Each year, the Martha’s Vineyard Museum (MVM) curators come up with a number of fun and interesting exhibits about Martha’s Vineyard. I feel like the MVM is one of those places that should be on everyone’s bucket list, and I can’t wait for it to be in its new, bigger space in Vineyard Haven.
As always, their exhibits catch my eye, and being intrigued by exotic things myself, A Taste of the Exotic, Mementos from Around the Globe, which opened Memorial Day weekend, caught my eye. One of the cool things about the MVM is that they have an audio guide that you can use with your smartphone or with a little radio the MVM can give you.
So, you can find out so much more about each item in the exhibits. I love going to the Martha’s Vineyard Museum and learning about the history of this amazing Island.
Back to A Taste for the Exotic which features items that our seafaring ancestors brought back with them to the Island during the 1800’s and early 1900’s. For the exhibit, the MVM focuses on three regions, the Arctic, the South Pacific, China and Japan.
Since the whale population was on brink of extinction, whaling captains and their crews had to travel farther and farther away to find whales. It’s amazing to think about the impact this small community had on the world.
So it seems as though the South Pacific, particularly Hawaii, was a popular “stop over” place. There sailors from America would refresh their supplies, and spend a little time before moving on to somewhere like China.
Apparently along with other people, Vineyarders thought that the people that inhabited these areas were exotic and barbaric. Because of this, a lot of what was taken from the South Pacific, aside from necessary provisions, included a lot of weapons — weapons like the throwing club and shark tooth dagger.
Also of interest, the different types of shells and some of the exotic carved pieces. The natives made such beautiful, intricate items out of wood and tortoise shell (which sadly was very popular, as it still is), in the 1800’s and 1900’s.
Interestingly, these so called savages caught on and started making native weapons and the like, to sell to what we would consider tourists. The items on display became popular pieces to take back home to share and show where you’d been, and I am sure, make people even more happy to have you return home.
In Europe and among wealthy Americans, East Asia was all the rage during this time. Whether it was a kimono, a vase, a hair comb, a painting, anything, was coveted.
Walk into any whaling captain’s house in Edgartown and you would find such items on display. They were considered objects that showed your wealth and spoke of your worldly travels. I imagine that some of the pieces are still on display in homes today.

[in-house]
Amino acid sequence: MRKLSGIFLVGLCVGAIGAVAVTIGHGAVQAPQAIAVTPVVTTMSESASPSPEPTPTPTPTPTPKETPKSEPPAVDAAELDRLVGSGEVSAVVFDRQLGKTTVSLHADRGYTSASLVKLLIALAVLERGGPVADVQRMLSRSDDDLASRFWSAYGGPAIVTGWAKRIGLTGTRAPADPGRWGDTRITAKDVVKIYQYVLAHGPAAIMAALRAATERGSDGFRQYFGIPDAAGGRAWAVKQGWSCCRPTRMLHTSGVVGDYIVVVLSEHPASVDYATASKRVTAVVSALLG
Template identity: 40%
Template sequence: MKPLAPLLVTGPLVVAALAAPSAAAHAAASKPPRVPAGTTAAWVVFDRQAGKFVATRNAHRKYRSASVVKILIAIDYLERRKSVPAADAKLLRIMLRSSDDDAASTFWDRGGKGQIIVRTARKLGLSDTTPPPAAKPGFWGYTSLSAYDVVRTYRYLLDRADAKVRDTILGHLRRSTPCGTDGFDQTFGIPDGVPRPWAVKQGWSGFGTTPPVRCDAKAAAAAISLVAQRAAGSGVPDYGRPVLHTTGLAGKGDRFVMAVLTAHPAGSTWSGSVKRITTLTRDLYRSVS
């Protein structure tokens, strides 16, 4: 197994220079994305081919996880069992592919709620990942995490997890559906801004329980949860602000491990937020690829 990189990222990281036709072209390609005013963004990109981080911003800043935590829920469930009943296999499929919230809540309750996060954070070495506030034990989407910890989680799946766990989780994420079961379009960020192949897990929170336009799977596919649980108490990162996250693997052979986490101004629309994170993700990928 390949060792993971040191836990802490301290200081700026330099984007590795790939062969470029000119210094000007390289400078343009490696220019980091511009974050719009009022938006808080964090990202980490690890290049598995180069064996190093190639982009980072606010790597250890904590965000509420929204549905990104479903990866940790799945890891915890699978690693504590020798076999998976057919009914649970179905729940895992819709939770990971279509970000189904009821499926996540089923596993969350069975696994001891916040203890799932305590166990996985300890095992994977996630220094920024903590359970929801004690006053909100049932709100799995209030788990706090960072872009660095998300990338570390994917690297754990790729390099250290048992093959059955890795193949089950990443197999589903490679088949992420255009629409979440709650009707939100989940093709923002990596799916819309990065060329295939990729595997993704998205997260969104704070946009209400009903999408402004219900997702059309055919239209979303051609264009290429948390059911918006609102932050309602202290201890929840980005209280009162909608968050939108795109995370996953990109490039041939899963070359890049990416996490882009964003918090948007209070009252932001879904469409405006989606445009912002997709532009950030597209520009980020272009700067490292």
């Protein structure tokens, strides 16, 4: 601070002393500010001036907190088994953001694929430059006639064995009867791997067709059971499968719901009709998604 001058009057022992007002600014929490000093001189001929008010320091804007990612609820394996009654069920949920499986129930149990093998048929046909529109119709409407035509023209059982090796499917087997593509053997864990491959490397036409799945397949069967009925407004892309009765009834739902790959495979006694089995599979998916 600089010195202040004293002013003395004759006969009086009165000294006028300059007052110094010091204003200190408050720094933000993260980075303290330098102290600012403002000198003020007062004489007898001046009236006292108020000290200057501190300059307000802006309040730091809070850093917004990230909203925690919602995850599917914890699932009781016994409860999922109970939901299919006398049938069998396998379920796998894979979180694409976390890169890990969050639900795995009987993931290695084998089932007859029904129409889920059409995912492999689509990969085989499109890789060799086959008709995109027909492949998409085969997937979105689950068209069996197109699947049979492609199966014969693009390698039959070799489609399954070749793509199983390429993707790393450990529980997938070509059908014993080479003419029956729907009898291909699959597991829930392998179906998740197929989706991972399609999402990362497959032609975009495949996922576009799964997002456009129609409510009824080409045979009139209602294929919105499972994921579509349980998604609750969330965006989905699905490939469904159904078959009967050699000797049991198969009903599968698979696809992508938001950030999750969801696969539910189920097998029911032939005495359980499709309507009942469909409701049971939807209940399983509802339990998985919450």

There really are some amazing pieces from China. The hand-painted feather and ivory fan on display is stunning. It’s hard to believe it’s from the mid-19th century and that it survived the trip from China to Martha’s Vineyard on a whaling boat. I am a mess just from the ferry boat ride!
The North Pole was one of those places that was on every explorers checklist but it was almost impossible to get to. The MVM has a particularly interesting collection on this area. A local whaling captain, Edwin Coffin, who had retired, was commissioned to make a voyage to the North Pole.
Why you ask? Well as Indian Jones says, “fortune and glory.” It really was a trip financed, so claim could be made on the North Pole.
The ship they sailed on was called the America. Sadly, they never reached the North Pole, but rather were stuck in ice for two years, from 1903 – 1905.
During this time, Captain Coffin kept a journal that he wrote in every day. He describes what the men went through on a daily basis, the harsh weather conditions, the lack of food, and what the worst part was — the boredom they suffered.
The MVM has this journal and it even has a small film that shows the America unloading its cargo onto the ice. I am sure the crew didn’t think they would have to wait a full two years to be rescued, but such was the case, since the ice was so bad.
Curious as to how Vineyarders were getting these amazing items? Well, we had some interesting items to trade with the locals. We had our firearms to offer, and apparently, we traded with a lot of alcohol. Many cultures didn’t have alcoholic drink like we did, and they became quite interested in it. Also, our crafts would be traded, such as jewelry and housewares.
This is just a small tidbit about what you can see at A Taste for the Exotic, Mementos from Around the Globe. All of the items featured were donated to the MVM by Island residents, and many of the artifacts came with a little background on their Vineyard life.
How wonderful to have some of these pieces as part of your family legacy, and even more amazing that people had the foresight to take care of the these amazing objects.
And, how wonderful that we can see and learn about all of this today. Not on Island yet or have a packed month of Summer activities? Not to worry, the exhibit is running until April of 2014.
Also, opening this week in the MVM’s Northeast Gallery, Ladies of the Sea: Tull, Treat and Jernegan.” This exhibit features the work of three artists inspired by the sea. There are these exhibits and more all happening this Summer.
A big thanks to Assistant Curator Anna Carringer, who took me on a little tour of the collection. Her passion for the museum is contagious!
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